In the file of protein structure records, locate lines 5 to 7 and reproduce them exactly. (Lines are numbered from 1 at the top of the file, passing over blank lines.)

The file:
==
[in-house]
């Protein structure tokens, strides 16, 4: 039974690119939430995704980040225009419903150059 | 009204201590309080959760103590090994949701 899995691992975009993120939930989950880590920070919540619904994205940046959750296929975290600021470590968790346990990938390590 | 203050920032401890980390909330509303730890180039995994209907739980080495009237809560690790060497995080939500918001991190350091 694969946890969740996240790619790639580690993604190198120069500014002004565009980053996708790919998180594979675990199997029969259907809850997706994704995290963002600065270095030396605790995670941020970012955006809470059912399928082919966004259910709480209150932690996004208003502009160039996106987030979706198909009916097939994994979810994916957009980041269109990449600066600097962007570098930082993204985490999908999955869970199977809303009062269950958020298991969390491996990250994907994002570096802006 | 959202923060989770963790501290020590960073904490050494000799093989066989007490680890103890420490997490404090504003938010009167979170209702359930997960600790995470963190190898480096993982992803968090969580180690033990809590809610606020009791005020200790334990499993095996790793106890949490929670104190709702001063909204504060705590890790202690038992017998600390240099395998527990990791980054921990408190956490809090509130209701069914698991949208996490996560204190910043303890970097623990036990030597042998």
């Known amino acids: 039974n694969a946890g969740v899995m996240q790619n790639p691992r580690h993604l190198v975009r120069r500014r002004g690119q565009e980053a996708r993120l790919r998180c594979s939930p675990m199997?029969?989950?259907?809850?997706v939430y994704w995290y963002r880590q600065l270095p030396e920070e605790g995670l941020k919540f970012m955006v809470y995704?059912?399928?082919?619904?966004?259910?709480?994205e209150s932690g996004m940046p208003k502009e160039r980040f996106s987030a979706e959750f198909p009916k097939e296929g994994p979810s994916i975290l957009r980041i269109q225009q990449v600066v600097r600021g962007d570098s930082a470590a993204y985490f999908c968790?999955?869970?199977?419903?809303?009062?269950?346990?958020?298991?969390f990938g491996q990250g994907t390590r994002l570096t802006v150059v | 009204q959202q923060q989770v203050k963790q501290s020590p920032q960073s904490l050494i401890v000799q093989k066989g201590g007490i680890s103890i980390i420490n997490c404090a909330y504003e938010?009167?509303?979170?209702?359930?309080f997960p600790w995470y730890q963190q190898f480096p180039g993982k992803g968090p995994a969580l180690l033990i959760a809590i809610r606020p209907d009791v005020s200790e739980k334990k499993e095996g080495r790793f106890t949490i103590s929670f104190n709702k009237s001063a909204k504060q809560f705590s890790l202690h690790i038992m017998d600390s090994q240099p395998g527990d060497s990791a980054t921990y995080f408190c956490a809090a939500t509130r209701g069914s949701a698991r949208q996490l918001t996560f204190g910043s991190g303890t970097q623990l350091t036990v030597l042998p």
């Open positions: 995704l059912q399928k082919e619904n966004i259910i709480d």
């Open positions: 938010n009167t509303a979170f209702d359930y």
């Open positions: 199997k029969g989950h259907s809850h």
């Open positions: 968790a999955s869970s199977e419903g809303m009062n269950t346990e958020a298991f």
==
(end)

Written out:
């Open positions: 938010n009167t509303a979170f209702d359930y």
């Open positions: 199997k029969g989950h259907s809850h």
């Open positions: 968790a999955s869970s199977e419903g809303m009062n269950t346990e958020a298991f």